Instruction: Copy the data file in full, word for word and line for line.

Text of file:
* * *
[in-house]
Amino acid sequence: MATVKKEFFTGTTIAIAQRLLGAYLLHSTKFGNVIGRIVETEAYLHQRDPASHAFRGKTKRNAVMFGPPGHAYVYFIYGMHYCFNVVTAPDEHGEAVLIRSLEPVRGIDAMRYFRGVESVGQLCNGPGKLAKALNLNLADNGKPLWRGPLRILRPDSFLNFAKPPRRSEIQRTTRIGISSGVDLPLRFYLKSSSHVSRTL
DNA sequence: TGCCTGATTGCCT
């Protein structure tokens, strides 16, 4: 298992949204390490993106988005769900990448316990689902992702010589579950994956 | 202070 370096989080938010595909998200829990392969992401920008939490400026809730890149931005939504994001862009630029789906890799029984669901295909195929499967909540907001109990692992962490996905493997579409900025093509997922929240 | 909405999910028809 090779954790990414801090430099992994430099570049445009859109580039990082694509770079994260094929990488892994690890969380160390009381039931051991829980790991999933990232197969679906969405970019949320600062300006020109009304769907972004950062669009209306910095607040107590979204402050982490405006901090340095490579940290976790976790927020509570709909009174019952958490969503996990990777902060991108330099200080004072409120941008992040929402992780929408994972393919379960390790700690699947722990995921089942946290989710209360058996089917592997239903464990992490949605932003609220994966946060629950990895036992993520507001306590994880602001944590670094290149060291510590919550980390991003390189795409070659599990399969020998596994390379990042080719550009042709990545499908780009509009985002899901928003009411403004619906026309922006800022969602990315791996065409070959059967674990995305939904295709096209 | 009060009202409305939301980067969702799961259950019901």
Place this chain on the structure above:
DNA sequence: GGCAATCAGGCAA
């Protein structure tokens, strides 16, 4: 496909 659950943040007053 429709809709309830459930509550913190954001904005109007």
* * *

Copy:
[in-house]
Amino acid sequence: MATVKKEFFTGTTIAIAQRLLGAYLLHSTKFGNVIGRIVETEAYLHQRDPASHAFRGKTKRNAVMFGPPGHAYVYFIYGMHYCFNVVTAPDEHGEAVLIRSLEPVRGIDAMRYFRGVESVGQLCNGPGKLAKALNLNLADNGKPLWRGPLRILRPDSFLNFAKPPRRSEIQRTTRIGISSGVDLPLRFYLKSSSHVSRTL
DNA sequence: TGCCTGATTGCCT
């Protein structure tokens, strides 16, 4: 298992949204390490993106988005769900990448316990689902992702010589579950994956 | 202070 370096989080938010595909998200829990392969992401920008939490400026809730890149931005939504994001862009630029789906890799029984669901295909195929499967909540907001109990692992962490996905493997579409900025093509997922929240 | 909405999910028809 090779954790990414801090430099992994430099570049445009859109580039990082694509770079994260094929990488892994690890969380160390009381039931051991829980790991999933990232197969679906969405970019949320600062300006020109009304769907972004950062669009209306910095607040107590979204402050982490405006901090340095490579940290976790976790927020509570709909009174019952958490969503996990990777902060991108330099200080004072409120941008992040929402992780929408994972393919379960390790700690699947722990995921089942946290989710209360058996089917592997239903464990992490949605932003609220994966946060629950990895036992993520507001306590994880602001944590670094290149060291510590919550980390991003390189795409070659599990399969020998596994390379990042080719550009042709990545499908780009509009985002899901928003009411403004619906026309922006800022969602990315791996065409070959059967674990995305939904295709096209 | 009060009202409305939301980067969702799961259950019901």
Place this chain on the structure above:
DNA sequence: GGCAATCAGGCAA
């Protein structure tokens, strides 16, 4: 496909 659950943040007053 429709809709309830459930509550913190954001904005109007």